Right after the conference finished, I drove home, unpacked, then repacked, and Amy & I drove out to Dawson for a wedding: Six-plus hours in the car on 78 and 76, culminating in a dirt road (Lucky Lane) in the dark before arriving at the hotel. Touchscreen cheesesteak at a truck-stop Wawa; a little local bookstore daring enough to have William S. Burroughs’ Queer and Junky on end-cap display (picked up a used copy of The Two Cultures by CP Snow); meeting gin freaks and elderly computer bazillionaires at the wedding; finishing The Good Soldier, on Dirda’s recommendation; watching eight or nine of the male wedding guests gathering in the middle of the dance floor for a bizarre choreographed haka-polka hybrid set to Bachman Turner Overdrive’s “Taking Care of Business”; passing on karaoke.

Sunday morning, we drove out to Fallingwater, about 40 minutes away, before heading back to NJ. It was impossible and gorgeous and everything I hoped it would be, and it made me feel a little sad to be returning to the standard nine-room bi-level of our neighborhood. I thought about the engineer in Local Hero telling Peter Riegert and Peter Capaldi, “Dream large.” I got another touchscreen cheesesteak on the drive home.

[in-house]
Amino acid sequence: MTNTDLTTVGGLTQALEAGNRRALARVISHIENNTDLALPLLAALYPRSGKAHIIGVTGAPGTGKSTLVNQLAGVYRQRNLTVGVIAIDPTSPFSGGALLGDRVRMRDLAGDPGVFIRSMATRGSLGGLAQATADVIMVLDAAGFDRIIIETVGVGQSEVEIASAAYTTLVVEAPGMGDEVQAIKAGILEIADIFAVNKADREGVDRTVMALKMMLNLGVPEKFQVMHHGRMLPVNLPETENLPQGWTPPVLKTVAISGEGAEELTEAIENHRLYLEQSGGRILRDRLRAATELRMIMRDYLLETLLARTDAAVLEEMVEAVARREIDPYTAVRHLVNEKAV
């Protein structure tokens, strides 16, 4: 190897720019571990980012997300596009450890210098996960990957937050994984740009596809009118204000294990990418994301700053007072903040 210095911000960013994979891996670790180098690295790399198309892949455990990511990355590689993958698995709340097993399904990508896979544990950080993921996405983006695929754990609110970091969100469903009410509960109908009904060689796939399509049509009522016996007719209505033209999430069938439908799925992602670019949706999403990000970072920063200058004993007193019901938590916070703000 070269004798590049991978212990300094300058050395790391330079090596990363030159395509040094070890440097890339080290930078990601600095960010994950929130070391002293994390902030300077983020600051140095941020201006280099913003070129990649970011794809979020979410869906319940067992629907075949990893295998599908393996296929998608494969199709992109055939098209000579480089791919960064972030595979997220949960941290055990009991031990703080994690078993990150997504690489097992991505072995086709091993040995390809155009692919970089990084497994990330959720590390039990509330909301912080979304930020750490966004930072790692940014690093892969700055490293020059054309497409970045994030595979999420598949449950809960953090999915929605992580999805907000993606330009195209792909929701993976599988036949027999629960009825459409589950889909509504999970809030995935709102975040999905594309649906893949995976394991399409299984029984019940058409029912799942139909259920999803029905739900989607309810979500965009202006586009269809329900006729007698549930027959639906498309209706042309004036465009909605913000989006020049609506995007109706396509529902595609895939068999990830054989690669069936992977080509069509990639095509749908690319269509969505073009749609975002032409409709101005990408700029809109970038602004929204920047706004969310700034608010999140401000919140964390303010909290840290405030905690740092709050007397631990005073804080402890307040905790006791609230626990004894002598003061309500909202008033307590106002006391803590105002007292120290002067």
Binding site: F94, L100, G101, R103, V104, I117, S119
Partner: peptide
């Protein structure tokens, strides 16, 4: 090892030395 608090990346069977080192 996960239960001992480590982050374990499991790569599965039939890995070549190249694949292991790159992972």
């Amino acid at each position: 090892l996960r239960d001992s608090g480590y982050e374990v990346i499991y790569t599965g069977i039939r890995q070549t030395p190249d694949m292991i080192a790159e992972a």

Worked frantically through the next week, punctuated with a 25-hour break for Yom Kippur. In addition to the standard fast (no food or drink), I decided I’d really get out of myself and not look at a screen for that span: no iPhone, no computer, no TV. It was as liberating as I expected. By the time I checked my e-mail after breaking my fast Wednesday night (at Greek City in Ramsey), I had 35 messages on my personal e-mails, only a few of which I wanted to respond to, and none of which were imperative.

I prayed Tuesday night and Wednesday afternoon with the Chabad that I visited in past years. They’ve always been accommodating, no matter how slack of a Jew I am. Some of the older gents in the congregation either recognized me from past years or just wanted to introduce themselves and make new acquaintances, which was nice. I’m so bad about joining community; I’m much better with afflicting myself.